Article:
But, no, we sold our home there at Northern. In case you guys run me off, I've got a place, a lake house, in Marion, Illinois, on Lake Egypt, maybe two bedrooms, a little bitty place, sits on a lot of water, and nobody can find me there. It's a place where my wife, when I got cancer, it's kind of unique, it's on faith Drive. When I had cancer, didn't know what would happen, I always wanted a place on a lake. I drove around, found Faith Drive, looked at this place that was a dump, they were about ready to give it away. They said, You're not going to get any better water. A pretty good deal if you get somebody to fix it up. My wife knew somebody. I had to talk to her for at least a month because she thought I was crazy for thinking about it. But we did it6.
I was going to sell that thing. I went ahead and kept it because my daughter goes to Murray State, Murray, Kentucky. We can go down and see her every once in a while.
Other than that, no ties to Illinois.
Q. Will you have a lot of support at Northwestern this week?
COACH KILL: I've been fortunate. I've been blessed. Every week, Joel can attest to this, he comes down there, as a staff, as a group of people, we have ex-players from all over the place coming in. We don't have enough tickets to get people tickets to get to the game. We've had a huge following. We'll have a huge group of people. That's why you coach.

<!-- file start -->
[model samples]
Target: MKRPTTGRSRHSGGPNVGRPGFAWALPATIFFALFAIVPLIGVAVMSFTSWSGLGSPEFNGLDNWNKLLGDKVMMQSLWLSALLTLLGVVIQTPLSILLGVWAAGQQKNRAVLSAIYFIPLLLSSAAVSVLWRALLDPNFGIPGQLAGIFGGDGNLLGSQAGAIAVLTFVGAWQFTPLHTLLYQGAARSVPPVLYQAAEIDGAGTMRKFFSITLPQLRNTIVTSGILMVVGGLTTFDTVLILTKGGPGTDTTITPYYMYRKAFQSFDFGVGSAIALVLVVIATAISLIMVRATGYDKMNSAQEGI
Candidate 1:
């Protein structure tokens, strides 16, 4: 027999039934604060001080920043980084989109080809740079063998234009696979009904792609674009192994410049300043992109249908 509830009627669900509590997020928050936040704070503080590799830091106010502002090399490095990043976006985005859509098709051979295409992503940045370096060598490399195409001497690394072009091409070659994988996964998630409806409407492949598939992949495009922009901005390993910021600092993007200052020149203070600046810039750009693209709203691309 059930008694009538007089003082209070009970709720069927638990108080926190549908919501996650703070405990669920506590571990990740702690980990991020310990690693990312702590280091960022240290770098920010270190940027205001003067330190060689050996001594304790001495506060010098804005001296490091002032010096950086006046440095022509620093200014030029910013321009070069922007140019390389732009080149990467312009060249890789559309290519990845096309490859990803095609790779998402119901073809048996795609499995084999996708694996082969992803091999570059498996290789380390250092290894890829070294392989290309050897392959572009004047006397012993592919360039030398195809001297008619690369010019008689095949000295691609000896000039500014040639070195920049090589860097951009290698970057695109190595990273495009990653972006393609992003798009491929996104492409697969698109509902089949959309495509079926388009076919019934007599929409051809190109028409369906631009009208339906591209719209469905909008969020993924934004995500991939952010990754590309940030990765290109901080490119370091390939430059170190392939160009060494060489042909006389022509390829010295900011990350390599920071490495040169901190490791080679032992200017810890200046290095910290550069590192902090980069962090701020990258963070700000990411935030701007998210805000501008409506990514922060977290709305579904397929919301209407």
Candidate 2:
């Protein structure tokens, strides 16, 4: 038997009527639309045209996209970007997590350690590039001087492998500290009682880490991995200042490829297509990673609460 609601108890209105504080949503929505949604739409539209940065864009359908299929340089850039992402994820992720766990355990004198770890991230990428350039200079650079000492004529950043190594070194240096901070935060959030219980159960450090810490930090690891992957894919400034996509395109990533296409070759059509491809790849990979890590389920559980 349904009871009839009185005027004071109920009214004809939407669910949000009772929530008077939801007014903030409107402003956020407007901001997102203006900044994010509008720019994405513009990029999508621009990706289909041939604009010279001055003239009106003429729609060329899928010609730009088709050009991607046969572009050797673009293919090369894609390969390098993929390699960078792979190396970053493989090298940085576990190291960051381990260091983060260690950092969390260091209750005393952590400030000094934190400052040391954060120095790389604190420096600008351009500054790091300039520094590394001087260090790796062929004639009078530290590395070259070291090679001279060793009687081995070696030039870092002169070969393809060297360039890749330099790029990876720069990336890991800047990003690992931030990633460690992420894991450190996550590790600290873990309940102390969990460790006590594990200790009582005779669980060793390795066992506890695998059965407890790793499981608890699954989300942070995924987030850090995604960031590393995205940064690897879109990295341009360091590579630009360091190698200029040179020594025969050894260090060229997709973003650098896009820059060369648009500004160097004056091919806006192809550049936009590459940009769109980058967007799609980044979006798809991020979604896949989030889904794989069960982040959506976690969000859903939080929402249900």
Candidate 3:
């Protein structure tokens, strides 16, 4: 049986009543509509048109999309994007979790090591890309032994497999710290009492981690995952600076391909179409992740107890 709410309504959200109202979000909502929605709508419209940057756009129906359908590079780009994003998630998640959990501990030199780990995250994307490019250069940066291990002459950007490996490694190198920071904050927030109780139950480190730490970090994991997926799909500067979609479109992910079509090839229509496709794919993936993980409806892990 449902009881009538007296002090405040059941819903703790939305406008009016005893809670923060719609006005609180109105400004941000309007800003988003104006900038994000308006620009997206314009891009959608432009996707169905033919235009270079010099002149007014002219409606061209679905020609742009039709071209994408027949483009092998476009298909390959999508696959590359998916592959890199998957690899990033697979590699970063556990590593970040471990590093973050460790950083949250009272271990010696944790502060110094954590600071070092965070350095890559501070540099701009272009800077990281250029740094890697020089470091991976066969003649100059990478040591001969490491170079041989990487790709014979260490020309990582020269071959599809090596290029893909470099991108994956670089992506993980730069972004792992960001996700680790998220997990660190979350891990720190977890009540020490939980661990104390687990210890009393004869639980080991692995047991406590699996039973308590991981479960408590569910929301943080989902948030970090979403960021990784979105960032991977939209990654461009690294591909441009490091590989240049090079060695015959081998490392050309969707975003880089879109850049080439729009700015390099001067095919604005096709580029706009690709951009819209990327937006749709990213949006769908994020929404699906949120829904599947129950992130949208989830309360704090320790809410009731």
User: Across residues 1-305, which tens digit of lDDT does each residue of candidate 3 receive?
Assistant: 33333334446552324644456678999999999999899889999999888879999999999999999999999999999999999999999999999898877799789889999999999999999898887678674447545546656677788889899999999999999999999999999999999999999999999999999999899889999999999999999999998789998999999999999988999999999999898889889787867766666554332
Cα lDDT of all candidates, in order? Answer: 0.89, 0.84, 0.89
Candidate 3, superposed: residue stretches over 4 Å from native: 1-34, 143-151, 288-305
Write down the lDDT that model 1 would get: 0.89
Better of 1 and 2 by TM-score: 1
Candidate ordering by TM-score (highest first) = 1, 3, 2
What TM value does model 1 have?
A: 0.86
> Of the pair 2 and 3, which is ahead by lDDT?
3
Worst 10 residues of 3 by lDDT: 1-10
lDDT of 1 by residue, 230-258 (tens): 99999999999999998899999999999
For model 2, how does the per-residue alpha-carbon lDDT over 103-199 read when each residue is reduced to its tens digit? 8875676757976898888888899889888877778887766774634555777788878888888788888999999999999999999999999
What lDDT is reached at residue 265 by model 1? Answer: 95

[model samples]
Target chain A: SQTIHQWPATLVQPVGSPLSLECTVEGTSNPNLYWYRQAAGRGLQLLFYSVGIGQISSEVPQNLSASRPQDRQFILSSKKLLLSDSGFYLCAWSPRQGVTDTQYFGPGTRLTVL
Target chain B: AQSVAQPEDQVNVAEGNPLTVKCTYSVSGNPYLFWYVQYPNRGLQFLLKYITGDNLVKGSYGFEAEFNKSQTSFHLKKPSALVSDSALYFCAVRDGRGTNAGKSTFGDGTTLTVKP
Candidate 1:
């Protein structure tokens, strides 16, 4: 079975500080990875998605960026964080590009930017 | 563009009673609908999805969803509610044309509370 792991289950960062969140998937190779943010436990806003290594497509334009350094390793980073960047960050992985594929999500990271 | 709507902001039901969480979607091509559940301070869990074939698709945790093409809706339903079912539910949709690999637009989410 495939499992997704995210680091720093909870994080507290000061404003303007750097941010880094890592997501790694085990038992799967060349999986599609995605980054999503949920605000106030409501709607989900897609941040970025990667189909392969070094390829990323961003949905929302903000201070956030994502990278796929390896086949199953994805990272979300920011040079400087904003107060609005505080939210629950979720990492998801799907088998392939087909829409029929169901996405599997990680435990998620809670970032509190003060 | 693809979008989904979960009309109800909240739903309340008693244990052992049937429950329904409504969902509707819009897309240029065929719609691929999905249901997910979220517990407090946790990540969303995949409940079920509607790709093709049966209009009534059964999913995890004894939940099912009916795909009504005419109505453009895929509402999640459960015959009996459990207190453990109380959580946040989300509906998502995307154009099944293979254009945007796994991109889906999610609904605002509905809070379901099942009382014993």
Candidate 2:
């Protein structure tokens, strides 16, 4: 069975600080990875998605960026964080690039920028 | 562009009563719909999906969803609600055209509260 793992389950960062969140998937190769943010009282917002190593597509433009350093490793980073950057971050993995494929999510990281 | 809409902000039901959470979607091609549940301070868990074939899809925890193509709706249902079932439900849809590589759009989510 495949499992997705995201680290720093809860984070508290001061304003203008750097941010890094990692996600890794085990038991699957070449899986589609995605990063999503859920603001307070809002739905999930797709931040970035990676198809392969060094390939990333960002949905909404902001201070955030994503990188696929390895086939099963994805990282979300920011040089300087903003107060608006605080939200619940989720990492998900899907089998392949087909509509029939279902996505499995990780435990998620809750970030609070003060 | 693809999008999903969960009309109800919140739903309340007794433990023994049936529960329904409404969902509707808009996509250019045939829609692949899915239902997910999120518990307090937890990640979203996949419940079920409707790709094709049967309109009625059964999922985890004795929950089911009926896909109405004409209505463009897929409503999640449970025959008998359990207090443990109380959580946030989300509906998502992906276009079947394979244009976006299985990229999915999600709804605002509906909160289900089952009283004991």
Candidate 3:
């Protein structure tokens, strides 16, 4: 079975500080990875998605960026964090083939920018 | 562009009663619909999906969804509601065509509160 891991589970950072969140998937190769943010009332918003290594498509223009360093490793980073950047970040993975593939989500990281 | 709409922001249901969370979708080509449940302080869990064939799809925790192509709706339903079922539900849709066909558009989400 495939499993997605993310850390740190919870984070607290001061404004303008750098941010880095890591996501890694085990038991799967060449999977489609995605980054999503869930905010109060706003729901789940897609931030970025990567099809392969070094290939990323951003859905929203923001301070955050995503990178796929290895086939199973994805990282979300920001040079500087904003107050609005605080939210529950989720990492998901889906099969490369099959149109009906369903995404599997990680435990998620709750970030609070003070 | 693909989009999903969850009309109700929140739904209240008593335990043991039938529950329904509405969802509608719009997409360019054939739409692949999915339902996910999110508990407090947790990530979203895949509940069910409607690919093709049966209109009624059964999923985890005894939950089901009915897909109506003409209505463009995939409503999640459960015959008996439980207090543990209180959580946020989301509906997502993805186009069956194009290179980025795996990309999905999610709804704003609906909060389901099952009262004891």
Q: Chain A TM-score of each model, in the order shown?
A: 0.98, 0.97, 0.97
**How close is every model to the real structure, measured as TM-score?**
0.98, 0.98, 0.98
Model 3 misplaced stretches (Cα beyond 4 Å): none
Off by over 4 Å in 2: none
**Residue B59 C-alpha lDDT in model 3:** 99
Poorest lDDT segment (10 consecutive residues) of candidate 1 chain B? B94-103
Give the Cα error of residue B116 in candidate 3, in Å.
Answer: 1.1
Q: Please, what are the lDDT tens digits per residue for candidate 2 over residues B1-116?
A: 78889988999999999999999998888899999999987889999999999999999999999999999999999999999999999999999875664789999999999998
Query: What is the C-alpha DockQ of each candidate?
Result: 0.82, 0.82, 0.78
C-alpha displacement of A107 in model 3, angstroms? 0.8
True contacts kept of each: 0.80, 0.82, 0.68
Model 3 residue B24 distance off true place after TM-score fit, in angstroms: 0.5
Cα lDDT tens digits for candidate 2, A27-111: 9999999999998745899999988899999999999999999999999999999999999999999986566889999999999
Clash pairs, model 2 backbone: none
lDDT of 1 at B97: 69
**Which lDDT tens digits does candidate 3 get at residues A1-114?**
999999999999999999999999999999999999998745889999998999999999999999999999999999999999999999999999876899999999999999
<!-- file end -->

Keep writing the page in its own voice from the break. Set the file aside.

The good thing about it, a lot of the ex-players have been supportive of me because they know I'm not a very good loser. They know I'm not very good at it. A lot of the kids that were part of that 1-10 season when I went to Southern Illinois have been up here, been in the locker room actually, talked to some of our players. Said, Hey, stick with the old man. Do what he tells you, you'll win. We're living proof of it. They've been supportive of me without me even asking, which is a neat thing, so...
We'll get there. We just got a lot of work to do.
Q. How will you deal with the pace of Northwestern's offense.
COACH KILL: I got home after our game, watched Oregon play. I mean, they're a machine with what they do. They do run a very fast-paced offense. That makes them a little bit different. We'll get all the stuff today. We have to get all the checks, all the things that you got to do to get lined up against it, then we'll try to simulate it for our defense as much as we can. We'll have to work together all week to get that accomplished.
It's kind of like running option football, split back veer. When you don't see it week-to-week, it's different. Mike Gundy is doing it at Oklahoma State right now. They did a great job. It took a year or two. After we go through this thing, one year, we get done playing, we have to look and look at the direction we need to go to do here at the University of Minnesota.
That will be tough. We're actually going to do some of it today. Again, they do so many things from 10 personnel, 11 personnel, putting two quarterbacks in the game, you have to get all that taken care of before you get to the pace of the game. We'll simulate it with our first group offense, some of the things we can do. We can channel a good rhythm. We won't be exactly, but hopefully we'll do a good enough job in practice to get ready for it. They make it tough on you.